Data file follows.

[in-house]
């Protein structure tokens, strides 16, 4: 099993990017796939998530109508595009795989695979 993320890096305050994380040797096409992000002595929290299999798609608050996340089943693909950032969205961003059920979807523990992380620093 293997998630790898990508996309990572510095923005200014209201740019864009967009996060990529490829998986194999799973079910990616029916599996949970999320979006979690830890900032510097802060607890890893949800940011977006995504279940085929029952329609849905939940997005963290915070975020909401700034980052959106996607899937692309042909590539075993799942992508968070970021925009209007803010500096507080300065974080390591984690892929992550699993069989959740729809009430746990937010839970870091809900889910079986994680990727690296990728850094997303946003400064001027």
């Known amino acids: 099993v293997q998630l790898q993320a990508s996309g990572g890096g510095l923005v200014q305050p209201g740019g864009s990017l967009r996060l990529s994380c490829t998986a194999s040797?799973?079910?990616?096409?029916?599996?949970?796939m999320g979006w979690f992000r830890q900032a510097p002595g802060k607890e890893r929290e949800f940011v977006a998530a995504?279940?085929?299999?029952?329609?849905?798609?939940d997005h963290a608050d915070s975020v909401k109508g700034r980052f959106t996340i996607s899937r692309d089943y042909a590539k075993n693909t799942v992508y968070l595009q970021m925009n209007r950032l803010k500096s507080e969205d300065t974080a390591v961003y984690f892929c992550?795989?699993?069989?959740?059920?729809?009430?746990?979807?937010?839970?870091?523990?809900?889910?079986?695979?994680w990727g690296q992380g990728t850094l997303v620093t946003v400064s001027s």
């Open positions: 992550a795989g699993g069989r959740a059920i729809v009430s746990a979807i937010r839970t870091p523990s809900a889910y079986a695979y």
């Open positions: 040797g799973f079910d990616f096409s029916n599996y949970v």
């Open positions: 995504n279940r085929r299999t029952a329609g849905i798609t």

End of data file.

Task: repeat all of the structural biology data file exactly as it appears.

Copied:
[in-house]
């Protein structure tokens, strides 16, 4: 099993990017796939998530109508595009795989695979 993320890096305050994380040797096409992000002595929290299999798609608050996340089943693909950032969205961003059920979807523990992380620093 293997998630790898990508996309990572510095923005200014209201740019864009967009996060990529490829998986194999799973079910990616029916599996949970999320979006979690830890900032510097802060607890890893949800940011977006995504279940085929029952329609849905939940997005963290915070975020909401700034980052959106996607899937692309042909590539075993799942992508968070970021925009209007803010500096507080300065974080390591984690892929992550699993069989959740729809009430746990937010839970870091809900889910079986994680990727690296990728850094997303946003400064001027």
């Known amino acids: 099993v293997q998630l790898q993320a990508s996309g990572g890096g510095l923005v200014q305050p209201g740019g864009s990017l967009r996060l990529s994380c490829t998986a194999s040797?799973?079910?990616?096409?029916?599996?949970?796939m999320g979006w979690f992000r830890q900032a510097p002595g802060k607890e890893r929290e949800f940011v977006a998530a995504?279940?085929?299999?029952?329609?849905?798609?939940d997005h963290a608050d915070s975020v909401k109508g700034r980052f959106t996340i996607s899937r692309d089943y042909a590539k075993n693909t799942v992508y968070l595009q970021m925009n209007r950032l803010k500096s507080e969205d300065t974080a390591v961003y984690f892929c992550?795989?699993?069989?959740?059920?729809?009430?746990?979807?937010?839970?870091?523990?809900?889910?079986?695979?994680w990727g690296q992380g990728t850094l997303v620093t946003v400064s001027s």
């Open positions: 992550a795989g699993g069989r959740a059920i729809v009430s746990a979807i937010r839970t870091p523990s809900a889910y079986a695979y």
């Open positions: 040797g799973f079910d990616f096409s029916n599996y949970v």
């Open positions: 995504n279940r085929r299999t029952a329609g849905i798609t």